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More Thoughts of Chairman Moore By Brian Moore

Release date: 07th November, 2011
Publisher: Simon & Schuster

List Price: £18.99
Our Price: £9.87
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The Thoughts of Chairman Moore
By Brian Moore

In contrast to the majority of ground troops who comprise a veritable army of insipid, laughably predictable sporting pundits, many of whom regard TV and radio commentary as easy money, Brian Moore stands out for a number of reasons.

He is, as one essay in his latest book is at pains to confirm, almost fanatically unbiased. He's also well informed, knows his stuff (he reckons he scrummed down in the front row around 100,000 times during his playing career), though above all, he's intelligent. Not in a demonstrative, boastful way, but as a trained lawyer, he can clearly argue his corner as he does here to great - and often amusing - effect.

Though once a professional rugby player, Brian Moore is today primarily a sports fan who happens to know a lot about rugby. You find yourself reading his essays on a variety of sports and the red tape or restrictive practices that prevent their development and nodding in complete agreement.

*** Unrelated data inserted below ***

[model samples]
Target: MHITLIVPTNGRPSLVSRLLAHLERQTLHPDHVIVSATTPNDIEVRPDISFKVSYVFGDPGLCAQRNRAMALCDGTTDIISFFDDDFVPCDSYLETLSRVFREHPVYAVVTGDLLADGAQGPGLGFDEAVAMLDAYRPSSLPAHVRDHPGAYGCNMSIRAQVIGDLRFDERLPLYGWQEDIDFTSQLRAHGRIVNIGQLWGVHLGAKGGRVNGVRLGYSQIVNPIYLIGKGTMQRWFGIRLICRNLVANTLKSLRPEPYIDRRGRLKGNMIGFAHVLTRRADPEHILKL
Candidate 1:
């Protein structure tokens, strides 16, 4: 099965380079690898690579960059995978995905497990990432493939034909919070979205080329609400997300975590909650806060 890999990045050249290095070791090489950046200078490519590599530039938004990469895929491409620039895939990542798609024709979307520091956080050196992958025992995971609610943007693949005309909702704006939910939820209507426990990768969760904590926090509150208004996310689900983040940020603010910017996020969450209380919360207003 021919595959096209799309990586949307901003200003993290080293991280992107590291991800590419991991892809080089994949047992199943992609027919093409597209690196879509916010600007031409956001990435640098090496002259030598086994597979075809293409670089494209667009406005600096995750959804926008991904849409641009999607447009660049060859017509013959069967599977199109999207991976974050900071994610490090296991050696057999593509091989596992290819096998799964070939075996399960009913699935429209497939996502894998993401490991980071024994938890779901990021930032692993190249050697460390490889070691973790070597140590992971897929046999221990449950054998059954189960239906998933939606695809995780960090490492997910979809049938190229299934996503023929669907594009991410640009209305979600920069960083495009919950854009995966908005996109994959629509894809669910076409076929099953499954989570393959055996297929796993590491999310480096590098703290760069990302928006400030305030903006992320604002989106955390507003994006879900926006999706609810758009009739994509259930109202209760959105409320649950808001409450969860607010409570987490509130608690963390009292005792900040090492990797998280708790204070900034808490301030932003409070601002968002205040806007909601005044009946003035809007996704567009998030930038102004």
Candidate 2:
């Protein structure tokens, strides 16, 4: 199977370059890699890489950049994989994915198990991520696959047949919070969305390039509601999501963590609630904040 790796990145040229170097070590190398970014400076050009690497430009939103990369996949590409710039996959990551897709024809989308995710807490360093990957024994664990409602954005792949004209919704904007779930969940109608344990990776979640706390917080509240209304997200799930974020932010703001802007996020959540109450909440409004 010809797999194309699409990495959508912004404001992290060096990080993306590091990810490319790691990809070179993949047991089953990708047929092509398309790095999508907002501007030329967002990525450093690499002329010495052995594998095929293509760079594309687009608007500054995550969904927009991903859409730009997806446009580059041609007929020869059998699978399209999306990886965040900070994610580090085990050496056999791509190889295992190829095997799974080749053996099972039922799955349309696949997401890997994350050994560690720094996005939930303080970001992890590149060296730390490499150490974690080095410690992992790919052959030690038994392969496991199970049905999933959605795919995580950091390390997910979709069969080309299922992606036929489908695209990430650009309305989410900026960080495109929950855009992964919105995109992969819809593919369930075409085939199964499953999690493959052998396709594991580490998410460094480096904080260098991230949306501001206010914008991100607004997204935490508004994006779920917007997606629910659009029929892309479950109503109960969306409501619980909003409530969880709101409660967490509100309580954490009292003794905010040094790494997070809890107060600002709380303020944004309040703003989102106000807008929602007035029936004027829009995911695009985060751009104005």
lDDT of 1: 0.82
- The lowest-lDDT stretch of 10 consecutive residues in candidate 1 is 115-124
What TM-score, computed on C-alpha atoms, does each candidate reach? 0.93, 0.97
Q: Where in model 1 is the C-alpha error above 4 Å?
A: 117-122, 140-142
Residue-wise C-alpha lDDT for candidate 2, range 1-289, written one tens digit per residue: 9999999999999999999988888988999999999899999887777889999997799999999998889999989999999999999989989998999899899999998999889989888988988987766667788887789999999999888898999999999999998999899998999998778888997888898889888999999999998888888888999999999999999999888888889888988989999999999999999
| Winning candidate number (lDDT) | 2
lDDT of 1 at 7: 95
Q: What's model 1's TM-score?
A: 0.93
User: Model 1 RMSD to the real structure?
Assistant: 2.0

For example: "In ten years' time," he writes, "Michael Gove could well be seen as the man who wrecked school sport in the UK"; of last year's Wayne Rooney 'saga', he suggests it was: "another step down the road to football being a game where all managers compromise rather than control."

Of the Felipe Massa / Fernando Alonso slowing down / overtaking incident, he gets straight to the point: "If F1 and all those involvedÖare happy for these practices to continue, they should at least stop claiming F1 is a sport like any other."

The man is not short on opinion, though in one of his book's longest essays, entitled You are the worst, most biased commentator in the world, he succeeds in showing how opinion is mistaken for bias. That's not to say the reader agrees with everything he writes, but even when his opinion is diametrically opposed to one you might hold, he argues his case well.

Moore also provides the reader with an insight into the type of abuse (in this instance Twitter-based and reproduced verbatim) one assumes many opinionated pundits must suffer. Perhaps this explains why so many of them are capable only of waffle and clichÈ.

Let's hope that Moore never falls into the co-commentator comfort zone and hope too for a continued flow of his intelligent sports writing.


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